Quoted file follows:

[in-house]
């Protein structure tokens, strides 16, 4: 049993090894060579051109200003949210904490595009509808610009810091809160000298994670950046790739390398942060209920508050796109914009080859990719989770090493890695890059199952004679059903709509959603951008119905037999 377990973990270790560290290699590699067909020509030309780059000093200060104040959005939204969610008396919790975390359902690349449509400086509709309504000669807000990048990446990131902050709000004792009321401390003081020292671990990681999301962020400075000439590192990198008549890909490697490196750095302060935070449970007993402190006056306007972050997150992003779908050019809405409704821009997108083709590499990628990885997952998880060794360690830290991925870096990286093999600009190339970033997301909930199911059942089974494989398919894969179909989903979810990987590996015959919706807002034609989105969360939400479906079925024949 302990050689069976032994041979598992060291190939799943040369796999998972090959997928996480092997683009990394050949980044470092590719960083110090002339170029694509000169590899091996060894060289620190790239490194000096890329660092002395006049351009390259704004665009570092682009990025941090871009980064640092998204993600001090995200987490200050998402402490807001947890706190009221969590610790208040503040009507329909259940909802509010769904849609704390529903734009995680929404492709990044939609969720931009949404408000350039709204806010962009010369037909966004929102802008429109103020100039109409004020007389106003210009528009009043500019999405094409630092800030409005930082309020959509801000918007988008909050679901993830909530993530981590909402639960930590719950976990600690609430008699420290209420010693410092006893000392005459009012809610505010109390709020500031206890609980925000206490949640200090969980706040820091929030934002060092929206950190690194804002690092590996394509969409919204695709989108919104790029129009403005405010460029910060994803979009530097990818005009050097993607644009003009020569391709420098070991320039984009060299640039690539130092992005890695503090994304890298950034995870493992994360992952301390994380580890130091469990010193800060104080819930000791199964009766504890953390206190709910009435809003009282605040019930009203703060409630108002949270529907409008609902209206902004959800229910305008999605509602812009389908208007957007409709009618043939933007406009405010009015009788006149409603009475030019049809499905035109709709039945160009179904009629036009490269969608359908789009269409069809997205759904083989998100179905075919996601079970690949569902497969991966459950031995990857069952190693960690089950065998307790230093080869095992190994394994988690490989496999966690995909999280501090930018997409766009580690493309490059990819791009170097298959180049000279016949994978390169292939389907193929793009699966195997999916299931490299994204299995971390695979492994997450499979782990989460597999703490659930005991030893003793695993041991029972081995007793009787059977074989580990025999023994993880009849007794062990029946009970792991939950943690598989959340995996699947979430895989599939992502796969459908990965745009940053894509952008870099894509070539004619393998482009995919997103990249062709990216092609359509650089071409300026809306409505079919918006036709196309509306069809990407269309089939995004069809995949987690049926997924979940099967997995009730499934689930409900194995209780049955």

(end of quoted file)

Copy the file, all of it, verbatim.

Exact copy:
[in-house]
């Protein structure tokens, strides 16, 4: 049993090894060579051109200003949210904490595009509808610009810091809160000298994670950046790739390398942060209920508050796109914009080859990719989770090493890695890059199952004679059903709509959603951008119905037999 377990973990270790560290290699590699067909020509030309780059000093200060104040959005939204969610008396919790975390359902690349449509400086509709309504000669807000990048990446990131902050709000004792009321401390003081020292671990990681999301962020400075000439590192990198008549890909490697490196750095302060935070449970007993402190006056306007972050997150992003779908050019809405409704821009997108083709590499990628990885997952998880060794360690830290991925870096990286093999600009190339970033997301909930199911059942089974494989398919894969179909989903979810990987590996015959919706807002034609989105969360939400479906079925024949 302990050689069976032994041979598992060291190939799943040369796999998972090959997928996480092997683009990394050949980044470092590719960083110090002339170029694509000169590899091996060894060289620190790239490194000096890329660092002395006049351009390259704004665009570092682009990025941090871009980064640092998204993600001090995200987490200050998402402490807001947890706190009221969590610790208040503040009507329909259940909802509010769904849609704390529903734009995680929404492709990044939609969720931009949404408000350039709204806010962009010369037909966004929102802008429109103020100039109409004020007389106003210009528009009043500019999405094409630092800030409005930082309020959509801000918007988008909050679901993830909530993530981590909402639960930590719950976990600690609430008699420290209420010693410092006893000392005459009012809610505010109390709020500031206890609980925000206490949640200090969980706040820091929030934002060092929206950190690194804002690092590996394509969409919204695709989108919104790029129009403005405010460029910060994803979009530097990818005009050097993607644009003009020569391709420098070991320039984009060299640039690539130092992005890695503090994304890298950034995870493992994360992952301390994380580890130091469990010193800060104080819930000791199964009766504890953390206190709910009435809003009282605040019930009203703060409630108002949270529907409008609902209206902004959800229910305008999605509602812009389908208007957007409709009618043939933007406009405010009015009788006149409603009475030019049809499905035109709709039945160009179904009629036009490269969608359908789009269409069809997205759904083989998100179905075919996601079970690949569902497969991966459950031995990857069952190693960690089950065998307790230093080869095992190994394994988690490989496999966690995909999280501090930018997409766009580690493309490059990819791009170097298959180049000279016949994978390169292939389907193929793009699966195997999916299931490299994204299995971390695979492994997450499979782990989460597999703490659930005991030893003793695993041991029972081995007793009787059977074989580990025999023994993880009849007794062990029946009970792991939950943690598989959340995996699947979430895989599939992502796969459908990965745009940053894509952008870099894509070539004619393998482009995919997103990249062709990216092609359509650089071409300026809306409505079919918006036709196309509306069809990407269309089939995004069809995949987690049926997924979940099967997995009730499934689930409900194995209780049955």